Gov. Jay Inslee presided over the death of 27 noncontroversial bills March 10, vetoing them without the press or the bills’ sponsors present. In a 10:30 p.m. news conference, he noted it was the biggest single spree of vetoes in recent history.
The governor insists he was making a point about the Legislature not finishing its budget business within the 60-day special session. Lawmakers on both sides of the aisle shrugged at the ineffectual and inconvenient move. All 27 bills passed with at least a two-thirds margin, which means Inslee’s vetoes could — and should — be reversed in what might extend the special session by a day.
One of the vetoed bills, which passed without a single no vote, granted the sponsors of people in drug or alcohol recovery immunity from testifying in a divorce case. Another could have directed $72 million in unused bond capacity for affordable housing.
The governor’s stunt aside, lawmakers in both parties should stand firm on hewing to the four-year balanced budget law.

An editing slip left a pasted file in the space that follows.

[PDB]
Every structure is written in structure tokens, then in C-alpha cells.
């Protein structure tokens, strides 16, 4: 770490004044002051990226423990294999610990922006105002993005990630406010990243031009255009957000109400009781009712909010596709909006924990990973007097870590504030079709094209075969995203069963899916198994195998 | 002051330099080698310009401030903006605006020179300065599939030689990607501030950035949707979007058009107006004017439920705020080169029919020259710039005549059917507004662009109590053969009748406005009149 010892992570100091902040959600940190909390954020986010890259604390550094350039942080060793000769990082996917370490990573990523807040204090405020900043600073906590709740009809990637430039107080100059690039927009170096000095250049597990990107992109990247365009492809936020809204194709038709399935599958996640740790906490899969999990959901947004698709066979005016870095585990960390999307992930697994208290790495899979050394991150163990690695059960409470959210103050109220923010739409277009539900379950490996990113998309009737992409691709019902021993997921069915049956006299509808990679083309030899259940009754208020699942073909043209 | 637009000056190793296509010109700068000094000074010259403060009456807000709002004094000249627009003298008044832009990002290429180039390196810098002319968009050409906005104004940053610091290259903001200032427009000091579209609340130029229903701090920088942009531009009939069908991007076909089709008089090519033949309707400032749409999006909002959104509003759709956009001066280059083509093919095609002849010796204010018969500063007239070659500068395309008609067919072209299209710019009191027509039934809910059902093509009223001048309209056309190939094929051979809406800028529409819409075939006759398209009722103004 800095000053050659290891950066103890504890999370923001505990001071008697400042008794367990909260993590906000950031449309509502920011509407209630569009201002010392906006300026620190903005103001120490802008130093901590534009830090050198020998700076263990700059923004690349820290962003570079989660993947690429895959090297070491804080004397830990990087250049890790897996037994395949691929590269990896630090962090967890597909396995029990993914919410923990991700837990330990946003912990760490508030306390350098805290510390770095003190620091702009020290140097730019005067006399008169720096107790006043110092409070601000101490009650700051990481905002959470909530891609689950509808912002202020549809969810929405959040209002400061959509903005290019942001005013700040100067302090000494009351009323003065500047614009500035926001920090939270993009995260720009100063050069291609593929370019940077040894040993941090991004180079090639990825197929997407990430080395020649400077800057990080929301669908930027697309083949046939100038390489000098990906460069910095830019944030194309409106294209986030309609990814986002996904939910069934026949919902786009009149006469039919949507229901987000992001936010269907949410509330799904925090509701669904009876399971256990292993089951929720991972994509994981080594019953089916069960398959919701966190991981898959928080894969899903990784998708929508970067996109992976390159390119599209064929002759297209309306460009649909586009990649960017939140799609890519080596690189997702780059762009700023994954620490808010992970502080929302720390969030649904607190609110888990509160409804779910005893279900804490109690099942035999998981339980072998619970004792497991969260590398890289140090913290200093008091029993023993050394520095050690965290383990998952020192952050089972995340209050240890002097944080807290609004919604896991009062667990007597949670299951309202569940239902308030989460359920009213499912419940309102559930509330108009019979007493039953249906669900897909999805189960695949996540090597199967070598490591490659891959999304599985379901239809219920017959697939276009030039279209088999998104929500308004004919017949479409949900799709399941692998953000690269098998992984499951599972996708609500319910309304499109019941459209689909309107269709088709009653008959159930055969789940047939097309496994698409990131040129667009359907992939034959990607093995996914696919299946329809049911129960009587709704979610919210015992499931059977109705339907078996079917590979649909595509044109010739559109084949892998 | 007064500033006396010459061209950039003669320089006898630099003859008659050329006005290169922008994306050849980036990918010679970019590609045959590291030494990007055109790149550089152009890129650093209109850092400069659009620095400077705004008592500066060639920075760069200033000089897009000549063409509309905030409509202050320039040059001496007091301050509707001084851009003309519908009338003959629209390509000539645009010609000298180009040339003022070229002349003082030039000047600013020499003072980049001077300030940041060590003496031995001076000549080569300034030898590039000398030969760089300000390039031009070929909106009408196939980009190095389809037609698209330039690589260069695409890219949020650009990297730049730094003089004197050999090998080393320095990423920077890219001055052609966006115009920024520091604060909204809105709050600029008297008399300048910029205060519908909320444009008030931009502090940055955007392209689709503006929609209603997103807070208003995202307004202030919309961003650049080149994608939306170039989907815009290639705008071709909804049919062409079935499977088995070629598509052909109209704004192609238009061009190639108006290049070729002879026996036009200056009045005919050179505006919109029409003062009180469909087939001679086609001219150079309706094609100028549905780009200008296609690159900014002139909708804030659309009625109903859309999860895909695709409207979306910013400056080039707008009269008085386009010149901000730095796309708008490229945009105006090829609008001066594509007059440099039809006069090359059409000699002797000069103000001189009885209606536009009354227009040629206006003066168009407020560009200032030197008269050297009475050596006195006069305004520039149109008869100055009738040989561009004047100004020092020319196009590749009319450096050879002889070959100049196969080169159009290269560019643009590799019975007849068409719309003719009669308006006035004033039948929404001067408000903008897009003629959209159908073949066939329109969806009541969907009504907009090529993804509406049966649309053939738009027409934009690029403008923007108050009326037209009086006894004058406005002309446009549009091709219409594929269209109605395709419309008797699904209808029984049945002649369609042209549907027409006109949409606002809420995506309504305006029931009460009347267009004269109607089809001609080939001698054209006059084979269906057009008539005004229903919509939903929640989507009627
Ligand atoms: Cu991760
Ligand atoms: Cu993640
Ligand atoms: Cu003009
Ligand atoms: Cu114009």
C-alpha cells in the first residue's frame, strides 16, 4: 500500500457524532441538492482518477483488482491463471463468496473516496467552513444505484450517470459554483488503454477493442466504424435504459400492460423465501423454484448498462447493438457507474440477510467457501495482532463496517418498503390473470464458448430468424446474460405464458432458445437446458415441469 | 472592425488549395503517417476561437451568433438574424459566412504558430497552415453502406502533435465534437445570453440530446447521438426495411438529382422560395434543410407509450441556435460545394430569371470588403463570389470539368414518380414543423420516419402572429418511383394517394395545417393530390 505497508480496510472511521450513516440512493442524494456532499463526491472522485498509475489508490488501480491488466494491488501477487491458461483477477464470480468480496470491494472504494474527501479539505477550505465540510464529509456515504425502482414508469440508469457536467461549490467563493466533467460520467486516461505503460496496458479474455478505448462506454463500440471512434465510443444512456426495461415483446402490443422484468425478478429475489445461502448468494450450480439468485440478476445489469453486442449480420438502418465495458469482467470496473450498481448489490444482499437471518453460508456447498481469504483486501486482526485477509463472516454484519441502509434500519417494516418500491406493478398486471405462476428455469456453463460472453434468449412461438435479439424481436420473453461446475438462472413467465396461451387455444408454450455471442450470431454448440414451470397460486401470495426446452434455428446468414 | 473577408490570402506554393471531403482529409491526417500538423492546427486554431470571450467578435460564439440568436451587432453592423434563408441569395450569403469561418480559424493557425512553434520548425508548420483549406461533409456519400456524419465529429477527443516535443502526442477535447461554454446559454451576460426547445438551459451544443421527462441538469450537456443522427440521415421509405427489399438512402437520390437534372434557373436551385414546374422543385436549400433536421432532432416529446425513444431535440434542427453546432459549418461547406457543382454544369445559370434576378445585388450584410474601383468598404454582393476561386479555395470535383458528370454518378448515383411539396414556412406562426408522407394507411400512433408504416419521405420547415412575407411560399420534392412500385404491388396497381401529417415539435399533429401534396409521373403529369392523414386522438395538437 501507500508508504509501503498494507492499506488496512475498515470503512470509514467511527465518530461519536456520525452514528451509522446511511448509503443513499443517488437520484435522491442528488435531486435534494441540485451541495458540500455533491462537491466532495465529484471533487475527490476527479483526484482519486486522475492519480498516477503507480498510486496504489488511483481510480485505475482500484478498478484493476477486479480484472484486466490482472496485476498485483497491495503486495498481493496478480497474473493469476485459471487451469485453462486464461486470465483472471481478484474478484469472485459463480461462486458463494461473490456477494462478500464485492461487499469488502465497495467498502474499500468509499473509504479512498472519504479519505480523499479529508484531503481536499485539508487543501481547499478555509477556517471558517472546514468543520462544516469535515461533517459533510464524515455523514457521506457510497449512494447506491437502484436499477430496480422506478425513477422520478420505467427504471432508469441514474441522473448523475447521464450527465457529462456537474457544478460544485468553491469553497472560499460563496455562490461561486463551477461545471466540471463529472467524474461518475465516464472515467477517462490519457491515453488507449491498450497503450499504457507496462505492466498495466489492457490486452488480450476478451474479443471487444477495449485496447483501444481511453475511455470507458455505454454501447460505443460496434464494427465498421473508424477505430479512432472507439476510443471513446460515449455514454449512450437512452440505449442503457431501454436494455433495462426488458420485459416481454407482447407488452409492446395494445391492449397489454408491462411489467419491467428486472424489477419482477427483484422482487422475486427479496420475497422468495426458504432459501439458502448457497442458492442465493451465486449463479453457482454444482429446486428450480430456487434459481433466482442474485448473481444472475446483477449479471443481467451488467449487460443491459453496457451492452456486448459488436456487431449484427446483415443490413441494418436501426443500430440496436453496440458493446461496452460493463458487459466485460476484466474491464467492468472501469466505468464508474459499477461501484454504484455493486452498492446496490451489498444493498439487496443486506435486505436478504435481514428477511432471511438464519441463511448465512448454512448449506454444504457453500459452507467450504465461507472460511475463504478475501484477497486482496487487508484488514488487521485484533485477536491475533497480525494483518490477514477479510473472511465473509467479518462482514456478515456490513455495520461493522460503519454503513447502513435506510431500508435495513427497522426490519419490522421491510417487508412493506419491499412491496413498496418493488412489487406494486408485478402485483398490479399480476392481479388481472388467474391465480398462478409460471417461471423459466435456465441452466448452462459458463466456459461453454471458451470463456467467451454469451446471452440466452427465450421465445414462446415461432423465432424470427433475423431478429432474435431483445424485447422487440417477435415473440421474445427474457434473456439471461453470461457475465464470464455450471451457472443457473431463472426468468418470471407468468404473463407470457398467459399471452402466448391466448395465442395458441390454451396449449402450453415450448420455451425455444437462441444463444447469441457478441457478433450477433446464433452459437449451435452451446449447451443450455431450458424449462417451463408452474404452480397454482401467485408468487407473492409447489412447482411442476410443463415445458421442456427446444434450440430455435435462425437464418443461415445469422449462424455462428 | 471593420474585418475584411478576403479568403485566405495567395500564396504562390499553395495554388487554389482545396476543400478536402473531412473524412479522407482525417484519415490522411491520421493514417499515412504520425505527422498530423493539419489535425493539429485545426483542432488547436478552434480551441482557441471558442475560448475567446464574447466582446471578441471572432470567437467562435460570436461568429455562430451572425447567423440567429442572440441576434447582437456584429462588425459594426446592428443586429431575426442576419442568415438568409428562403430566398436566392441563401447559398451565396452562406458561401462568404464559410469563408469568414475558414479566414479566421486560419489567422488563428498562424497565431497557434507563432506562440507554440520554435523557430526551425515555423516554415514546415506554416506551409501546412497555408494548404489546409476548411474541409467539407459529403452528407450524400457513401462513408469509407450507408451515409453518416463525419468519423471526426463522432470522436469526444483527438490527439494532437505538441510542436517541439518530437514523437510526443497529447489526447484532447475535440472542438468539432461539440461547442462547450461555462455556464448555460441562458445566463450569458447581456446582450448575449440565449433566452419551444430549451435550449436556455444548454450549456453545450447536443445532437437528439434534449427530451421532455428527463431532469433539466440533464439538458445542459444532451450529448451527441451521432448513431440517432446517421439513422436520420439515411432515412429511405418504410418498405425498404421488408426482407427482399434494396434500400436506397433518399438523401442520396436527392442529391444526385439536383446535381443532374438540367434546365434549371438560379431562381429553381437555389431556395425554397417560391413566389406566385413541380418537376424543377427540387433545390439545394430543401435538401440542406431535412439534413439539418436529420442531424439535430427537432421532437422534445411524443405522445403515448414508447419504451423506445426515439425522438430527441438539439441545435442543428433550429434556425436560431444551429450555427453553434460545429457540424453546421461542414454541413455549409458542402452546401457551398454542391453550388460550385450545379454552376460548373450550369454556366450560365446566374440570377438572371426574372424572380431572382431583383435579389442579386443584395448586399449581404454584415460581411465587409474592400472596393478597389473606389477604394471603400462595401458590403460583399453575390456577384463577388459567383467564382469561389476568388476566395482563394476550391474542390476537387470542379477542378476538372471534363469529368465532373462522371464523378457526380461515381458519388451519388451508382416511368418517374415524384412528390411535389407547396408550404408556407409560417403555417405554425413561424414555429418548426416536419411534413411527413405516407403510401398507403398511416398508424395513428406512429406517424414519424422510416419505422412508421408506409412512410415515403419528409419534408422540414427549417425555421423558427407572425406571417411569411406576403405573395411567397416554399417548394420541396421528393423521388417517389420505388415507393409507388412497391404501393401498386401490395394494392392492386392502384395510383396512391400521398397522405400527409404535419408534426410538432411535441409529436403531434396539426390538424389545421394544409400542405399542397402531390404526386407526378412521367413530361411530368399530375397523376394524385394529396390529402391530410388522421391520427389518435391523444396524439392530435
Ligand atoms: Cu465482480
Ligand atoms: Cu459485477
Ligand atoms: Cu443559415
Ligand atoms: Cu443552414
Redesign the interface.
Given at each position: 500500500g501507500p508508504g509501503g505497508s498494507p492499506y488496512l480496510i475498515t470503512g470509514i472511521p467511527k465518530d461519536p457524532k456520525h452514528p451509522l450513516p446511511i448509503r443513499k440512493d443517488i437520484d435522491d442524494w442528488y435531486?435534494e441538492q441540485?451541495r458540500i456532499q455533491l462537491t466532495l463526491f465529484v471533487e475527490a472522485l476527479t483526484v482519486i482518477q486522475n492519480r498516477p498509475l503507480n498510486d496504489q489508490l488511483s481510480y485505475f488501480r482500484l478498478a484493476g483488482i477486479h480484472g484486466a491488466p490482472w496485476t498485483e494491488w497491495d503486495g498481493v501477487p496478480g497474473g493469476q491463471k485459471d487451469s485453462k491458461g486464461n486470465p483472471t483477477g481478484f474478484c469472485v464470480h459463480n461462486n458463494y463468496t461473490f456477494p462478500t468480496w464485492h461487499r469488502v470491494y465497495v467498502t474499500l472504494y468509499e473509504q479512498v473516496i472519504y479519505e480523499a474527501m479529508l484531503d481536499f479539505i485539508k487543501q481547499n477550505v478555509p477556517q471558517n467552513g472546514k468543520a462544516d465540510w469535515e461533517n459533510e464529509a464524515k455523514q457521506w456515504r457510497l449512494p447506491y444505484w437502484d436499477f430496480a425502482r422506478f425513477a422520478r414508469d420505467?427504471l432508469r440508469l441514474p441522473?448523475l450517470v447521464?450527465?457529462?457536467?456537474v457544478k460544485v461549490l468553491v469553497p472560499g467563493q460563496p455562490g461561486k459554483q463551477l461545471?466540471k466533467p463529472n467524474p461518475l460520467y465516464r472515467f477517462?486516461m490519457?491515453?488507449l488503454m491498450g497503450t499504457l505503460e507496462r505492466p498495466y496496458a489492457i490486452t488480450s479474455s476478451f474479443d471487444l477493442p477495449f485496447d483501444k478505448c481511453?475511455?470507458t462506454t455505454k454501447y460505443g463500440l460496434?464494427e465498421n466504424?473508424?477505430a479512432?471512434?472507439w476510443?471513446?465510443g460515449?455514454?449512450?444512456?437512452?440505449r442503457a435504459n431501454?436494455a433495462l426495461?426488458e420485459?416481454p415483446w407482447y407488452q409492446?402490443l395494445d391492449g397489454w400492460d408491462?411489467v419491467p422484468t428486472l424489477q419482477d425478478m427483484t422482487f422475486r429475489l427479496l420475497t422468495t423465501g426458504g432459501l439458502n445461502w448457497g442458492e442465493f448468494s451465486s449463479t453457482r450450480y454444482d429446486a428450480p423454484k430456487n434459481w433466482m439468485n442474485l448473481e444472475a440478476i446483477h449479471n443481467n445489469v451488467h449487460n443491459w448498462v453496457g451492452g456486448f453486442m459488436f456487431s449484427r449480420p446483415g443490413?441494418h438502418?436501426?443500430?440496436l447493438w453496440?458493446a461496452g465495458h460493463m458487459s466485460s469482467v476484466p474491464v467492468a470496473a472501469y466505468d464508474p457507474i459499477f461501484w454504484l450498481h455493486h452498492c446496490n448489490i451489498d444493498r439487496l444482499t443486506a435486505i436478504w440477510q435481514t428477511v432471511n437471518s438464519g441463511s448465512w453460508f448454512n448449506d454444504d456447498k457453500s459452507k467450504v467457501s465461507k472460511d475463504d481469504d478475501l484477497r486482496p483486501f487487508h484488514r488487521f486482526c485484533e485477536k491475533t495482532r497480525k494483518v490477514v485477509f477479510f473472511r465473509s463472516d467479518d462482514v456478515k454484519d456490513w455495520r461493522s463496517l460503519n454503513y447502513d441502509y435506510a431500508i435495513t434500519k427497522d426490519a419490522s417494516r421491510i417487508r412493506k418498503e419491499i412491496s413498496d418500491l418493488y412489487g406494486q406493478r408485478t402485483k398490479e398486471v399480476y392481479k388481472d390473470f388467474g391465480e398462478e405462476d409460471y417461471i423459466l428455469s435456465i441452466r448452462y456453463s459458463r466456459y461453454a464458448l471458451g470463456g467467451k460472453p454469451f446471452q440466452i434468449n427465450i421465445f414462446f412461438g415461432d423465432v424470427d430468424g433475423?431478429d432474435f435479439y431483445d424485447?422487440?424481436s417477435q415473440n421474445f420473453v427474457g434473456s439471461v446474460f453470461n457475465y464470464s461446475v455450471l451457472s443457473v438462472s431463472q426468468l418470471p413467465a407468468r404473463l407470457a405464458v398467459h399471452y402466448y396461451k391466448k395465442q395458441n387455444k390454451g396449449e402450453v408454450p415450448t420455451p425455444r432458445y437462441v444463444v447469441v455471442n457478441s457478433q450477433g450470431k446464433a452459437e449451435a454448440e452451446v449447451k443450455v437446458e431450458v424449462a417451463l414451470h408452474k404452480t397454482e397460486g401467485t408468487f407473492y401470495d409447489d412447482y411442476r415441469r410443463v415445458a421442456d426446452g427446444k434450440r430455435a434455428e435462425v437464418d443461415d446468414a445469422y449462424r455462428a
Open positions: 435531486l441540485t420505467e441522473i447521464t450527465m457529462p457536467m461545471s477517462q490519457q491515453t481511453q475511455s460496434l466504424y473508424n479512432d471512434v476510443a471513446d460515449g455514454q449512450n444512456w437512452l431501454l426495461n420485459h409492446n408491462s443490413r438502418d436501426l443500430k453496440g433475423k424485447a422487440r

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On one level, Inslee could be lashing out against the GOP-led Senate’s election-year rebuke of his management. Republican senators fired his transportation director and hauled his prison agency staff in for questioning.
On another level, Inslee is trying to assert his executive power at a key moment in state history. The state badly needs leadership to comply with the next phase of the state Supreme Court’s McCleary ruling, which requires a messy and politically difficult rewrite of school-district levy authority.
Maybe this veto spree signals re-engagement by a governor who is widely seen in Olympia as too aloof in the legislative process. If so, good.
But Inslee picked an odd time. Why kill 27 relatively minor bills to force a small supplemental budget agreement this year when he could have used this tool last year when the Legislature went into triple overtime over a $38 billion, two-year budget? Why didn’t he wield another big executive power — to call a special session — when the Supreme Court held the Legislature in contempt over McCleary last summer?
Meanwhile, legislators all knew from the start of the session they were required to produce a budget that balances over four years. The discipline this imposes is especially important now, as economic growth appears likely to slow in coming years.
The requirement of a four-year balanced budget was made law in 2012, though with a gaping loophole for future McCleary-related education costs.
Lawmakers need to get this budget done, do it right, spend an extra day in special session to reverse Inslee’s vetoes and go home.
They need to rest up for the real battle royale — over education funding — that will culminate in next year’s session.